The Eagle Bioscience’s Secretory IgA ELISA Assay was highlighted in a recent publication focusing on how transcytosis of IgA attenuates salmonella invasion in human enteroids and intestinal organoids. Check out the full text and abstract below.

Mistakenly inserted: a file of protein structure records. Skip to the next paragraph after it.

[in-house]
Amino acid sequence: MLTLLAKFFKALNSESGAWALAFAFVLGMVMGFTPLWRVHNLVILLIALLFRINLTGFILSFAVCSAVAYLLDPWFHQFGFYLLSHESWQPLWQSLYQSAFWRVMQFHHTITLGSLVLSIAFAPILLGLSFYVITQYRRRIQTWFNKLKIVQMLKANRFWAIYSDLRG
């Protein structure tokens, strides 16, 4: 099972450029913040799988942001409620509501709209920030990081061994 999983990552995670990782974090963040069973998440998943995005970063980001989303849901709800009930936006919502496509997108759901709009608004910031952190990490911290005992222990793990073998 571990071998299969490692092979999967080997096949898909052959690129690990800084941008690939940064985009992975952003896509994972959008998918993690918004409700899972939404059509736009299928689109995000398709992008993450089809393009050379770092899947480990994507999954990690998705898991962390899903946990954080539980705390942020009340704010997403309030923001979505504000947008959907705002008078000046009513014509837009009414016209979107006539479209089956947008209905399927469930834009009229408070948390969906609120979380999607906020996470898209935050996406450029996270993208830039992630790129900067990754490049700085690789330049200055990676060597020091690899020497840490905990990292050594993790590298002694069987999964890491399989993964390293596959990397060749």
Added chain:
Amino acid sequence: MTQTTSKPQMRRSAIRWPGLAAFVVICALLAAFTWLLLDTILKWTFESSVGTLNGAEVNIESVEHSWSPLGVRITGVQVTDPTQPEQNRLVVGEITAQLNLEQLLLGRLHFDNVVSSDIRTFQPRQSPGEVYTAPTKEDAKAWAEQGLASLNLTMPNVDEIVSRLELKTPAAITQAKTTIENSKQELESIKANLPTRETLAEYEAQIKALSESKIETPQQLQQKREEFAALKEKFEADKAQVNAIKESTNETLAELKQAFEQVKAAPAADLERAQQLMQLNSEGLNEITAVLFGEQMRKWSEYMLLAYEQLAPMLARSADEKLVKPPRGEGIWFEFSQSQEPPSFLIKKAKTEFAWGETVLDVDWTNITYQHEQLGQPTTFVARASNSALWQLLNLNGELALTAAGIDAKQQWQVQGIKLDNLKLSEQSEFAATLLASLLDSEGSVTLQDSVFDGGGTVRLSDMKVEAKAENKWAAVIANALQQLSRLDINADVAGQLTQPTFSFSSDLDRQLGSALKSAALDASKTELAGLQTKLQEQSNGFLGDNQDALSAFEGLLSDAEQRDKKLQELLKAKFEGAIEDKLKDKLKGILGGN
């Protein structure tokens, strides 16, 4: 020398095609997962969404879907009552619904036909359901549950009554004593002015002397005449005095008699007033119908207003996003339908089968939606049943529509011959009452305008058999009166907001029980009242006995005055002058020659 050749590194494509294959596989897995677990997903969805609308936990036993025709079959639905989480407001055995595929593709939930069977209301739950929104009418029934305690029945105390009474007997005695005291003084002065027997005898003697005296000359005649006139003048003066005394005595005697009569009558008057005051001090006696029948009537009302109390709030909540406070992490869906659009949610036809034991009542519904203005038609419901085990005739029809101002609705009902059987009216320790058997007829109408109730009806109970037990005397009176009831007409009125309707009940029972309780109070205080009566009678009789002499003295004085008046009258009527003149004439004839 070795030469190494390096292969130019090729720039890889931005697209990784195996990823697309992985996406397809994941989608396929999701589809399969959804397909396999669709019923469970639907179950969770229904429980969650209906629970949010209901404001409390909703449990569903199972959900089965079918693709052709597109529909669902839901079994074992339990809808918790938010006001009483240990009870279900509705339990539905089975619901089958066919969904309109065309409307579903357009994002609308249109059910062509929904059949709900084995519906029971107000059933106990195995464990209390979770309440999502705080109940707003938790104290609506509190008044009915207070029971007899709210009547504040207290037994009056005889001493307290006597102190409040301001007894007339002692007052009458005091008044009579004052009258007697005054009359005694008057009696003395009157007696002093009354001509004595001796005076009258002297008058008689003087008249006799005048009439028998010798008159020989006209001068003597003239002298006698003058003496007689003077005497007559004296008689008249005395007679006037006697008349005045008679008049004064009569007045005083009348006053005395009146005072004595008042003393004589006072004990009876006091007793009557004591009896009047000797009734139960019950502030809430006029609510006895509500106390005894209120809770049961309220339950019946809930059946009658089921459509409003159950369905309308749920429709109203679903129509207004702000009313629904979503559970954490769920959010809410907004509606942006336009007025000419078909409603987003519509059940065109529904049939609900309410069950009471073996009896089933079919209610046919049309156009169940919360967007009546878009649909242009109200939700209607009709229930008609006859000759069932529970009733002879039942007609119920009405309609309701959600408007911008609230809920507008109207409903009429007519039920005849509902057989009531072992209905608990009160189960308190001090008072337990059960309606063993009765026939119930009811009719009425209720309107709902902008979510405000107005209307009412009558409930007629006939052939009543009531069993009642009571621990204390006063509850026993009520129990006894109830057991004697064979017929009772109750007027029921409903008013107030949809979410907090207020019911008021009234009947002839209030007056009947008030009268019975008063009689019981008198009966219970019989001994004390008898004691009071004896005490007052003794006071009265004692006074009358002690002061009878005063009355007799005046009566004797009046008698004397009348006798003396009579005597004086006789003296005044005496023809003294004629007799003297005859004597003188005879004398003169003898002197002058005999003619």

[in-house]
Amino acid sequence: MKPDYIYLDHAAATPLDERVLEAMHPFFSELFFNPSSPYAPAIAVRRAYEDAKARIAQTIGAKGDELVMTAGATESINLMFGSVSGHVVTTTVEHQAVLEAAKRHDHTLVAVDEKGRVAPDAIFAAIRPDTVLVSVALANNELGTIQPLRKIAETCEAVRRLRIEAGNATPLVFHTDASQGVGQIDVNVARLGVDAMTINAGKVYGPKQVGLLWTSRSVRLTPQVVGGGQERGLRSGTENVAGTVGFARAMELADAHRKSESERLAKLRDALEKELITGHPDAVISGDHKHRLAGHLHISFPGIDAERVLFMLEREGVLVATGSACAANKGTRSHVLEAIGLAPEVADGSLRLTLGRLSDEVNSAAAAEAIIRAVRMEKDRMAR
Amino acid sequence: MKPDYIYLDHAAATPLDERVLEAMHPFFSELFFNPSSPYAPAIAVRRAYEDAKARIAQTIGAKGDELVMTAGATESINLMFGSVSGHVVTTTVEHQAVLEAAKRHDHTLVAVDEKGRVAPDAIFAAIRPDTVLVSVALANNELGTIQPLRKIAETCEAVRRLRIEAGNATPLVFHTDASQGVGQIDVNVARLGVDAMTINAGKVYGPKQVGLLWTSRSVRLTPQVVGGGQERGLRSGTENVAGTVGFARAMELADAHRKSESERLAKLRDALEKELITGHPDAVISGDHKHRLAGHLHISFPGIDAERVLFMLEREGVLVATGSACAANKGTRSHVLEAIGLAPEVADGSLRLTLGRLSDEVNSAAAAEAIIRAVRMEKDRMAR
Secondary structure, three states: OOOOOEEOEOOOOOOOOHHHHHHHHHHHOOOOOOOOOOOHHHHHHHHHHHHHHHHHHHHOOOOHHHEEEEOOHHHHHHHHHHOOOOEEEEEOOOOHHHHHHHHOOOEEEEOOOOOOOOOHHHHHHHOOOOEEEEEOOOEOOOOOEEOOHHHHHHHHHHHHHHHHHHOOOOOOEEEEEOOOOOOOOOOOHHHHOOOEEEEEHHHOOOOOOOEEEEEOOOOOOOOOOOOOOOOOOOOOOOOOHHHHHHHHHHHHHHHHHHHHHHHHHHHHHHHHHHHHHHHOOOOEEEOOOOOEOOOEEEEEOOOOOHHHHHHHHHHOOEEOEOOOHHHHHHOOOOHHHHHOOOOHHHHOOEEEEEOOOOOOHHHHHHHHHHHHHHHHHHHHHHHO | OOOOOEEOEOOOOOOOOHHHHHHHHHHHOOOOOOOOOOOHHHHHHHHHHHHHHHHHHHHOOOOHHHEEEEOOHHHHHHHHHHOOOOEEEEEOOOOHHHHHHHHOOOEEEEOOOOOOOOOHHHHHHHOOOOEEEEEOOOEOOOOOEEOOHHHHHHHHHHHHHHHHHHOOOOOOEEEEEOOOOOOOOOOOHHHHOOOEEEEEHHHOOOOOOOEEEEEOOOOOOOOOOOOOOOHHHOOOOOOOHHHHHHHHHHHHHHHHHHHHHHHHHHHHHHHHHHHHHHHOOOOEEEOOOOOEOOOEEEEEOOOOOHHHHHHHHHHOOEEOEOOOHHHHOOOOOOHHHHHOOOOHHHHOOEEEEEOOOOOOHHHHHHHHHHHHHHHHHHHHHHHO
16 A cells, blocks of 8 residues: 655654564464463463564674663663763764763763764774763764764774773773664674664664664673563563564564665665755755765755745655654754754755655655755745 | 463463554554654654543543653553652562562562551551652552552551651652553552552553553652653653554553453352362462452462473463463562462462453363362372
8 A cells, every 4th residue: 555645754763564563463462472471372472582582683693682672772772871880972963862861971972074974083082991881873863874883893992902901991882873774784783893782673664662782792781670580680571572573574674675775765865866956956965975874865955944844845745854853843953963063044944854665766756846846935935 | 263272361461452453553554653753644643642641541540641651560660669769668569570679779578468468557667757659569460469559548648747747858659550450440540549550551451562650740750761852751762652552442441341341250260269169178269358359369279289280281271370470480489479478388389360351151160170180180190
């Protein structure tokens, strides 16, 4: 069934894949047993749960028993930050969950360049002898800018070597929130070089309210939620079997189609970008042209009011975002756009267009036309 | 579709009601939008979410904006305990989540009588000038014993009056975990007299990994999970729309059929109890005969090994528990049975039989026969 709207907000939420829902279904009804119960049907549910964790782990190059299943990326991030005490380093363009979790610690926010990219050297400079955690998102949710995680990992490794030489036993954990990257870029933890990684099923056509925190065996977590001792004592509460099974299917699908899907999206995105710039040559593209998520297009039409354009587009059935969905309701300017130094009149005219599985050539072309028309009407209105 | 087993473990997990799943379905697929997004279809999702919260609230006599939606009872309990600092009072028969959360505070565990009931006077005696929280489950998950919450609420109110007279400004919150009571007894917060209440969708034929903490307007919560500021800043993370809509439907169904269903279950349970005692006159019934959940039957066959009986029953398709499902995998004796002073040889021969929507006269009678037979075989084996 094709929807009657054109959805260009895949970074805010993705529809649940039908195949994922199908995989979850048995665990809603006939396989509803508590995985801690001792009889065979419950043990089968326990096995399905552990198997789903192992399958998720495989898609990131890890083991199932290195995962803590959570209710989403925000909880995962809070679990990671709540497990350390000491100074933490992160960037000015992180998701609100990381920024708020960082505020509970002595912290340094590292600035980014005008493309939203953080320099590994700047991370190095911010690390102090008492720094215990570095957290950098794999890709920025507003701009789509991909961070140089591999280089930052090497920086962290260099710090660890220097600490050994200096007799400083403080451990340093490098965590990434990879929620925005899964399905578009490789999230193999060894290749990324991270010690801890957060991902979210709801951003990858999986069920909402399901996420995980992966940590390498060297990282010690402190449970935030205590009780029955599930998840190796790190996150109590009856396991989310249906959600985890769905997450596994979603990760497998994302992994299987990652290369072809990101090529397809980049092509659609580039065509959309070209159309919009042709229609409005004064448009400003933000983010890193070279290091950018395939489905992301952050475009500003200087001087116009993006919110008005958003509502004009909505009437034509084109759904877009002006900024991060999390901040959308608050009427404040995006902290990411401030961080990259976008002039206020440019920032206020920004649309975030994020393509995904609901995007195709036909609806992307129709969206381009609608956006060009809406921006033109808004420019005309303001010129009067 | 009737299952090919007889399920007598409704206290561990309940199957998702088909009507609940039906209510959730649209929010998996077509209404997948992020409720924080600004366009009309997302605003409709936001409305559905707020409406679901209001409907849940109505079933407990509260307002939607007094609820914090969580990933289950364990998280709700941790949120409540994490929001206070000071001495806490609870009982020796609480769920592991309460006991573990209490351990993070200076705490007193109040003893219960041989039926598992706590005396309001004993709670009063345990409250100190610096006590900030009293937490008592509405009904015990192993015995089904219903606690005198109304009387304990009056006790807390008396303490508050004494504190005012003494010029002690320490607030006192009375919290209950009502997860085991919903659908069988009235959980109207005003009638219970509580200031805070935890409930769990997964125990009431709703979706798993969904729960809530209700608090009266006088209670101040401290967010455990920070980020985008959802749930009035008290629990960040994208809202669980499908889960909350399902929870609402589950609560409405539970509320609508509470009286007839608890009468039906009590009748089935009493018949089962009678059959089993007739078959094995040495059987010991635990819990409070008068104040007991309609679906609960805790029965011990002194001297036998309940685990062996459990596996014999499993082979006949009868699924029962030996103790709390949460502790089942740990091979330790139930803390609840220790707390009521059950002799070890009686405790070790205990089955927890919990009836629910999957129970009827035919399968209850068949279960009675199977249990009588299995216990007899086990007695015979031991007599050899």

Secretory IgA (SIgA) is the most abundant antibody type in intestinal secretions where it contributes to safeguarding the epithelium from invasive pathogens like the Gram-negative bacterium, Salmonella enterica serovar Typhimurium (STm). For example, we recently reported that passive oral administration of the recombinant monoclonal SIgA antibody, Sal4, to mice promotes STm agglutination in the intestinal lumen and restricts bacterial invasion of Peyer’s patch tissues. In this report, we sought to recapitulate Sal4-mediated protection against STm in human Enteroids and human intestinal organoids (HIOs) as models to decipher the molecular mechanisms by which antibodies function in mucosal immunity in the human gastrointestinal tract. We confirm that Enteroids and HIO-derived monolayers are permissive to STm infection, dependent on HilD, the master transcriptional regulator of the SPI-I type three secretion system (T3SS). Stimulation of M-like cells in both Enteroids and HIOs by the addition of RANKL further enhanced STm invasion. The apical addition of Sal4 mouse IgA, as well as recombinant human Sal4 dimeric IgA (dIgA) and SIgA resulted a dose-dependent reduction in bacterial invasion. Moreover, basolateral application of Sal4 dIgA to Enteroid and HIO monolayers gave rise to SIgA in the apical compartment via a pathway dependent on expression of the polymeric immunoglobulin receptor (pIgR). The resulting Sal4 SIgA was sufficient to reduce STm invasion of Enteroid and HIO epithelial cell monolayers by ~20-fold. Recombinant Sal4 IgG was also transported in the Enteroid and HIOs, but to a lesser degree and via a pathway dependent on the neonatal Fc receptor (FCGRT). The models described lay the foundation for future studies into detailed mechanisms of IgA and IgG protection against STm and other pathogens.